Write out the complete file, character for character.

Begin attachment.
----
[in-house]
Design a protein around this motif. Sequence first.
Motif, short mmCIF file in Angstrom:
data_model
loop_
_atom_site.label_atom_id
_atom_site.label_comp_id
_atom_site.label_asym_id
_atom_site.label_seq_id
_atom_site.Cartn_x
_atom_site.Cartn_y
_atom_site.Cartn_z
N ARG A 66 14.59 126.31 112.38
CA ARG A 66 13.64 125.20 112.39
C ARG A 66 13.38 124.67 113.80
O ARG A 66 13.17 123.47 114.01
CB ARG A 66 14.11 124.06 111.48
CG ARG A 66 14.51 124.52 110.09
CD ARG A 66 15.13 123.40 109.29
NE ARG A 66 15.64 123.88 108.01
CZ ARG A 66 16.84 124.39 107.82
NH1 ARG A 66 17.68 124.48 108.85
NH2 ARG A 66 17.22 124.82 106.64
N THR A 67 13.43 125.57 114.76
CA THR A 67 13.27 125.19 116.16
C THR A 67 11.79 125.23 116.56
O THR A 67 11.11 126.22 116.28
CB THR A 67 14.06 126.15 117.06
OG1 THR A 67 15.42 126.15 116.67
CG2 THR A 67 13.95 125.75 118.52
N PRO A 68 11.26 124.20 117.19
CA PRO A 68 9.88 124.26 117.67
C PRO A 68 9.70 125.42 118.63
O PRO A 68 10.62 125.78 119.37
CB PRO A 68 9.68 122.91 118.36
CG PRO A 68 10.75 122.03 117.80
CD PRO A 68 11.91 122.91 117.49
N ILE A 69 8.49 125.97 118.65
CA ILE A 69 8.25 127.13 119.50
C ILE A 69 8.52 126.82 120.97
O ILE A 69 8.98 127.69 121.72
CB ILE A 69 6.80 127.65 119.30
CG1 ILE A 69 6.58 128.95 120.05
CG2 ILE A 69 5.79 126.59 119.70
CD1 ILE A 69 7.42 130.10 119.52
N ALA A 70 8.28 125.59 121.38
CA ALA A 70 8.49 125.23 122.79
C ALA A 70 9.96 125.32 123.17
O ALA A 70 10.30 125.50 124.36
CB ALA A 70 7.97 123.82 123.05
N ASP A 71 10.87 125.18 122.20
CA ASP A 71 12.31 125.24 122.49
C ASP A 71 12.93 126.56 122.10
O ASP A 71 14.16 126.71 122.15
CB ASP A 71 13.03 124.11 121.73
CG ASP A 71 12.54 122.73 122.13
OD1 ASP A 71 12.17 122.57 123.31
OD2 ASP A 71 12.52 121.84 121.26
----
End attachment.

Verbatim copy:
[in-house]
Design a protein around this motif. Sequence first.
Motif, short mmCIF file in Angstrom:
data_model
loop_
_atom_site.label_atom_id
_atom_site.label_comp_id
_atom_site.label_asym_id
_atom_site.label_seq_id
_atom_site.Cartn_x
_atom_site.Cartn_y
_atom_site.Cartn_z
N ARG A 66 14.59 126.31 112.38
CA ARG A 66 13.64 125.20 112.39
C ARG A 66 13.38 124.67 113.80
O ARG A 66 13.17 123.47 114.01
CB ARG A 66 14.11 124.06 111.48
CG ARG A 66 14.51 124.52 110.09
CD ARG A 66 15.13 123.40 109.29
NE ARG A 66 15.64 123.88 108.01
CZ ARG A 66 16.84 124.39 107.82
NH1 ARG A 66 17.68 124.48 108.85
NH2 ARG A 66 17.22 124.82 106.64
N THR A 67 13.43 125.57 114.76
CA THR A 67 13.27 125.19 116.16
C THR A 67 11.79 125.23 116.56
O THR A 67 11.11 126.22 116.28
CB THR A 67 14.06 126.15 117.06
OG1 THR A 67 15.42 126.15 116.67
CG2 THR A 67 13.95 125.75 118.52
N PRO A 68 11.26 124.20 117.19
CA PRO A 68 9.88 124.26 117.67
C PRO A 68 9.70 125.42 118.63
O PRO A 68 10.62 125.78 119.37
CB PRO A 68 9.68 122.91 118.36
CG PRO A 68 10.75 122.03 117.80
CD PRO A 68 11.91 122.91 117.49
N ILE A 69 8.49 125.97 118.65
CA ILE A 69 8.25 127.13 119.50
C ILE A 69 8.52 126.82 120.97
O ILE A 69 8.98 127.69 121.72
CB ILE A 69 6.80 127.65 119.30
CG1 ILE A 69 6.58 128.95 120.05
CG2 ILE A 69 5.79 126.59 119.70
CD1 ILE A 69 7.42 130.10 119.52
N ALA A 70 8.28 125.59 121.38
CA ALA A 70 8.49 125.23 122.79
C ALA A 70 9.96 125.32 123.17
O ALA A 70 10.30 125.50 124.36
CB ALA A 70 7.97 123.82 123.05
N ASP A 71 10.87 125.18 122.20
CA ASP A 71 12.31 125.24 122.49
C ASP A 71 12.93 126.56 122.10
O ASP A 71 14.16 126.71 122.15
CB ASP A 71 13.03 124.11 121.73
CG ASP A 71 12.54 122.73 122.13
OD1 ASP A 71 12.17 122.57 123.31
OD2 ASP A 71 12.52 121.84 121.26